Figure 4 – Green Weak. An example of a bar chart graphic affected by a green weak color deficiency, the design relies on color to convey meaning. The colors are looking different from the original design and it can create confusion to color blind users. The graphic reads - Percentage of users visiting a website using a screen-reader and the software they like to use. 40% JAWS, 10% NVDA, 20% Voice Over, 30% Windows Eyes.

4. Green-Blind / Deuteranopia

People with deuteranopia share the same symptoms as people with green-weak color blindness, but the impairment is even more severe when perceiving shades of green.

Because of that, colors like reds and greens look very similar to them, making it difficult to discriminate between certain shades in these categories, which can create a lot of confusion, especially in designs that rely on color heavily to convey meaning.

Figure 5 – Green blind. An example of a bar chart graphic affected by a green blind color deficiency, the design relies on color to convey meaning. The colors in the graphic are being affected by a green blind color deficiency. The green and red look very similar and purple and blue as well, making it difficult to tell the colors apart. The graphic reads - Percentage of users visiting a website using a screen-reader and the software they like to use. 40% JAWS, 10% NVDA, 20% Voice Over, 30% Windows Eyes.

5. Red-Weak / Protanomaly

People with protanomaly have the same symptoms as people with red-green color blindness, but they are less sensitive to shades of red. In contrast, they see shades of green more vividly, making it difficult for them to distinguish between shades of red and green.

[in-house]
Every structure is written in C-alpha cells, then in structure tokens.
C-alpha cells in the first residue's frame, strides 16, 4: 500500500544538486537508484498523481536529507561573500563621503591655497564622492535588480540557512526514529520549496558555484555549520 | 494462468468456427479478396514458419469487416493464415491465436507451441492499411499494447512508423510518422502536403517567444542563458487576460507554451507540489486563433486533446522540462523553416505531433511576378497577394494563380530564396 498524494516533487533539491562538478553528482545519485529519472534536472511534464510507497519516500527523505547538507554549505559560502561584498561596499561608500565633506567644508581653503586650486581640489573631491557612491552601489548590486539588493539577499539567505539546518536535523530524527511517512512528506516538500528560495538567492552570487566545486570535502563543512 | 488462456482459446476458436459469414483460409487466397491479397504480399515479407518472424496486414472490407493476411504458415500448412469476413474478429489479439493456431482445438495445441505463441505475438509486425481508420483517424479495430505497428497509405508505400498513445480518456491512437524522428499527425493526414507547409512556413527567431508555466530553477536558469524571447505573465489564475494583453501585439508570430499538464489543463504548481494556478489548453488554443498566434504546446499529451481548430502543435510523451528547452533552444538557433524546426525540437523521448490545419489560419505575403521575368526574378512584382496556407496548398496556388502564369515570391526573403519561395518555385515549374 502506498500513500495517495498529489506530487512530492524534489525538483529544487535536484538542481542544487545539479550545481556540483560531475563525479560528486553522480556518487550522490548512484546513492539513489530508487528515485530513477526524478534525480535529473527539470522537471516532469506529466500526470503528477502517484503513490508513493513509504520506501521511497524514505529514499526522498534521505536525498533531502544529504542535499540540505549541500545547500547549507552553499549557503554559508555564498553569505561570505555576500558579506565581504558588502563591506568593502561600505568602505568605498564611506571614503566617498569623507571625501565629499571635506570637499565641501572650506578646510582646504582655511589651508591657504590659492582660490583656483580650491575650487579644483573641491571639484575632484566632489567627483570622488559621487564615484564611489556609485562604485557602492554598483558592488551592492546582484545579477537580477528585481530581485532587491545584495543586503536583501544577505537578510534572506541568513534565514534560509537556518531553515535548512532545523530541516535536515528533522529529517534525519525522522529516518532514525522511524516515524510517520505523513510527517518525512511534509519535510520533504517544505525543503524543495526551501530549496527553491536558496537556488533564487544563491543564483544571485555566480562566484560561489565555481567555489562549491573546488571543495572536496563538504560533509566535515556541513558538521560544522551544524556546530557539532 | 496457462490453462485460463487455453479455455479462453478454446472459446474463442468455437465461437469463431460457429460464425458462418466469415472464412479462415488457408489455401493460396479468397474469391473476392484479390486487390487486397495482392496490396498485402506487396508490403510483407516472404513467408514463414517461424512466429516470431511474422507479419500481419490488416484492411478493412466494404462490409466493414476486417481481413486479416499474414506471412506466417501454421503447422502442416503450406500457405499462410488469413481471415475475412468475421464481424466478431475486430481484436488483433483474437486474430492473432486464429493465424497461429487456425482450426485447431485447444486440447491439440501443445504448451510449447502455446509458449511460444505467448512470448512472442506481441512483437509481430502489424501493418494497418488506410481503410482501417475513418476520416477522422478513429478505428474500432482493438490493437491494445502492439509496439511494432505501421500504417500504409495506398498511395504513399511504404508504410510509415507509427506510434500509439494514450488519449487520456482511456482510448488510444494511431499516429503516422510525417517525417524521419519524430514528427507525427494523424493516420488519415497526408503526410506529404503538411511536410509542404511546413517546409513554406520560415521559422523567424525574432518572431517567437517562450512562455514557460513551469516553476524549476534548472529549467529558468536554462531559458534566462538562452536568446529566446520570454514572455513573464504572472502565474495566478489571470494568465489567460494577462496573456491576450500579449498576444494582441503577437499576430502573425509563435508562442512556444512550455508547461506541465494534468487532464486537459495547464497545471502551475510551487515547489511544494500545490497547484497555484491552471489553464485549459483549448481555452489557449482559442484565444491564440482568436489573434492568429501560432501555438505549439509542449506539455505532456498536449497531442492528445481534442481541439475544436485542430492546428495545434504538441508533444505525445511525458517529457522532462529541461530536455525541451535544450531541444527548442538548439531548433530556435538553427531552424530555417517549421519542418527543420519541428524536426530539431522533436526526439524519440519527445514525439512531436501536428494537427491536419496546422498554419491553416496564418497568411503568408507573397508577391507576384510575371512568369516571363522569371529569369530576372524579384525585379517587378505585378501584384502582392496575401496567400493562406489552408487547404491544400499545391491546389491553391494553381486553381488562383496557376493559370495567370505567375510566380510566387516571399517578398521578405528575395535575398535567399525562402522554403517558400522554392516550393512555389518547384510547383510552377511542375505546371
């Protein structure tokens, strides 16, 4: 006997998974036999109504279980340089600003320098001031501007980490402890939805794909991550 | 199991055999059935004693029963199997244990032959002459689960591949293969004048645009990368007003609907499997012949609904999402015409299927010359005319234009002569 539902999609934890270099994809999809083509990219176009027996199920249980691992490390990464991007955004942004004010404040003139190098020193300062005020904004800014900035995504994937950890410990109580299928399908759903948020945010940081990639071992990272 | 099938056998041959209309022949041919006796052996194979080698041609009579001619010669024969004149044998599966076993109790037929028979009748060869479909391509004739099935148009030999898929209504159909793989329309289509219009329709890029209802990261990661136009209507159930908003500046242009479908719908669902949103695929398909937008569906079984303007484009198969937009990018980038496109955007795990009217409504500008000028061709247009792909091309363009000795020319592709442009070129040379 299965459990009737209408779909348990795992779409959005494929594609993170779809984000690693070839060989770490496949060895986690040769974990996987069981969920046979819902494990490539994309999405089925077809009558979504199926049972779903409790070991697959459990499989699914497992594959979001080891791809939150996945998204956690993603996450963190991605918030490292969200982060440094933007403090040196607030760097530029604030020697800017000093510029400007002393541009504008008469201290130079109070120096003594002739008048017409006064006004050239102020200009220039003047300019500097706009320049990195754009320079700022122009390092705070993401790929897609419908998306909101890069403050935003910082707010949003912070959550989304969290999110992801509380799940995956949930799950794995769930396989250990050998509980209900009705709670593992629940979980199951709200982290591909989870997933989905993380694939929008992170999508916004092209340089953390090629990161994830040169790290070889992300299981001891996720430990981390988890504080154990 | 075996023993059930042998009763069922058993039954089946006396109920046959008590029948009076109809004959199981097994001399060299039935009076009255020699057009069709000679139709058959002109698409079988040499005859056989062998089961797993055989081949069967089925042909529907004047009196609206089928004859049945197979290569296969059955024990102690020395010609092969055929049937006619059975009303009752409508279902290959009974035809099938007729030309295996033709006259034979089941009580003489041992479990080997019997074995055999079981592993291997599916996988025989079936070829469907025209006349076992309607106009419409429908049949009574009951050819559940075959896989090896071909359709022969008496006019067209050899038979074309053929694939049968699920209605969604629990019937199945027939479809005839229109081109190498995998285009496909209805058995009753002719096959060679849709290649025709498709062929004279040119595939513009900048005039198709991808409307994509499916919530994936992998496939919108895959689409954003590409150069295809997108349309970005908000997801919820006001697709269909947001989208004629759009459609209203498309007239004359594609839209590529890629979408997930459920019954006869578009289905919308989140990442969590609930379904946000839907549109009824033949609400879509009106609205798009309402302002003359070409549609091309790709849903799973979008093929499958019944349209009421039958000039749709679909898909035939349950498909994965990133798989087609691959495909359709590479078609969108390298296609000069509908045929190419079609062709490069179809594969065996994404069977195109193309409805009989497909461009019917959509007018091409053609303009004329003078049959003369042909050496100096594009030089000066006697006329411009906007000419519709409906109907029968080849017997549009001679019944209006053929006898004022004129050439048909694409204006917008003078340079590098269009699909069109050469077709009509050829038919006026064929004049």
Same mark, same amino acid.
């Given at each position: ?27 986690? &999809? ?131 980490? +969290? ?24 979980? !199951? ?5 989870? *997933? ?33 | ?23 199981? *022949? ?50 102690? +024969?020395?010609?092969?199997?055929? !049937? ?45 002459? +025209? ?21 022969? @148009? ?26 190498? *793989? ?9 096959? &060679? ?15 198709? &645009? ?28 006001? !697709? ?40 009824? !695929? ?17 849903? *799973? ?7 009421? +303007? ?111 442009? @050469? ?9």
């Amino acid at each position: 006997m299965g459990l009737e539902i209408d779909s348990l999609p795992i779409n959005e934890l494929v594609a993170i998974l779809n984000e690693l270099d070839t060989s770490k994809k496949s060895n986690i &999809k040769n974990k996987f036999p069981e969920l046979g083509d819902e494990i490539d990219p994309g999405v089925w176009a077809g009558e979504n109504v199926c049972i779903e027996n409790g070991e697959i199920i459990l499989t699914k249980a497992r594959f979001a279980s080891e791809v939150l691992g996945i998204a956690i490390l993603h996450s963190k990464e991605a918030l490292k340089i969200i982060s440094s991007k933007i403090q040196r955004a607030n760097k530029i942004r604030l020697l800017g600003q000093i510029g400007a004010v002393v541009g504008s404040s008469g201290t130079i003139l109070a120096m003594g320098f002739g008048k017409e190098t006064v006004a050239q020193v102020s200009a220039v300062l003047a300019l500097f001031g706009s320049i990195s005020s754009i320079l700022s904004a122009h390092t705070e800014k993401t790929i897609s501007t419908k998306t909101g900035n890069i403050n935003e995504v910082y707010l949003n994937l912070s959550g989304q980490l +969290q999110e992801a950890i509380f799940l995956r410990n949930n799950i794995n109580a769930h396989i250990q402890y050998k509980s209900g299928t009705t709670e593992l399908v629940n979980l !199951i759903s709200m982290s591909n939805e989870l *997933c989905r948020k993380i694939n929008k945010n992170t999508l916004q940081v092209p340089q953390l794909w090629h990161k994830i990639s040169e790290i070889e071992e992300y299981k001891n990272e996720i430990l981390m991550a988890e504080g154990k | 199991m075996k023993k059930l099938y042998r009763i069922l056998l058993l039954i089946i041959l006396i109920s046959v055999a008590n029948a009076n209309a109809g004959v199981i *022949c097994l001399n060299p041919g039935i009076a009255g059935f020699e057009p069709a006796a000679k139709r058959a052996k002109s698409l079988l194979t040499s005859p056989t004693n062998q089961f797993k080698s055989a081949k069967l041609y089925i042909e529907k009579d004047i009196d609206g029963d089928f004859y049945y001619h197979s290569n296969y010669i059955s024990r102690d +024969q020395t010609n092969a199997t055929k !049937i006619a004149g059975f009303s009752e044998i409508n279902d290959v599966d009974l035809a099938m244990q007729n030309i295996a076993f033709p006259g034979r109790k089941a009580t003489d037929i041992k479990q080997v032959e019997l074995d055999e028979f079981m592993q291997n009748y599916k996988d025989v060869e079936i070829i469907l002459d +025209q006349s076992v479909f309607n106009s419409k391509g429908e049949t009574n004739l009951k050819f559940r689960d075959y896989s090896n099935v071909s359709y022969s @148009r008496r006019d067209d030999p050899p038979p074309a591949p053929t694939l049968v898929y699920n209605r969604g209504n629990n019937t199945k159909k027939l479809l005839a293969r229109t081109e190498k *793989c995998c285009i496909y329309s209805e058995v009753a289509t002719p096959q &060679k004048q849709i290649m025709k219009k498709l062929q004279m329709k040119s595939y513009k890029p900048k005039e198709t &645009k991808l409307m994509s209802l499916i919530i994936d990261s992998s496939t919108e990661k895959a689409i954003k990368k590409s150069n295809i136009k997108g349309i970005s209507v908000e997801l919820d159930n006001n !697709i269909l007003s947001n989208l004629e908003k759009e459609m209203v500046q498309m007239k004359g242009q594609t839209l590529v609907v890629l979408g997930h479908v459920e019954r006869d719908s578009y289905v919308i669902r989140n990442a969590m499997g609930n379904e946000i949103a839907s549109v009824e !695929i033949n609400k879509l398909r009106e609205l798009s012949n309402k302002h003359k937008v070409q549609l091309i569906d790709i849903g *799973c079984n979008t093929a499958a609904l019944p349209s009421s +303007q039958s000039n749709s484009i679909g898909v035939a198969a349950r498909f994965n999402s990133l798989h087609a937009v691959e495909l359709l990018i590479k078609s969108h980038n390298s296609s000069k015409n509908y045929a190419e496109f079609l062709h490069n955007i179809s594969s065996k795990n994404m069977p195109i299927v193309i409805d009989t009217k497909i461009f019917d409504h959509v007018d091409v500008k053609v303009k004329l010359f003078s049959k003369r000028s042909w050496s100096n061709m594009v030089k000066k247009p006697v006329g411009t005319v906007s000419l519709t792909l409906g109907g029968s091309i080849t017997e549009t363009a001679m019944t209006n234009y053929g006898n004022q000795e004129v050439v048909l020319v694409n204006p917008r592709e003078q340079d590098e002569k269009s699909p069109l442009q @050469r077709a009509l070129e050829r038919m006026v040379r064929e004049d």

Like most forms of color blindness, protanomaly can also be passed down from a parent to an offspring through genes.

Figure 6 – Red Weak. An example of a bar chart graphic affected by a Red Weak color deficiency, the design relies on color to convey meaning. The colors in the graphic are being affected by a red weak color deficiency. The colors look different from the original design. The graphic reads - Percentage of users visiting a website using a screen-reader and the software they like to use. 40% JAWS, 10% NVDA, 20% Voice Over, 30% Windows Eyes.

6. Red-Blind / Protanopia

The most common type of color blindness, red-blindness, means that people with this condition are significantly lacking when it comes to perceiving shades of red.

For people with this condition, colors like orange, yellow, pink, and purple all look the same – they all appear to be shades of gray. Like other types of color blindness, it’s also passed down through genes.

Figure 6 – Red Blind. An example of a bar chart graphic affected by a red blind color deficiency, the design relies on color to convey meaning. The colors in the graphic are being affected by a red blind color deficiency. The colors yet again look very different from the original design. The graphic reads - Percentage of users visiting a website using a screen-reader and the software they like to use. 40% JAWS, 10% NVDA, 20% Voice Over, 30% Windows Eyes.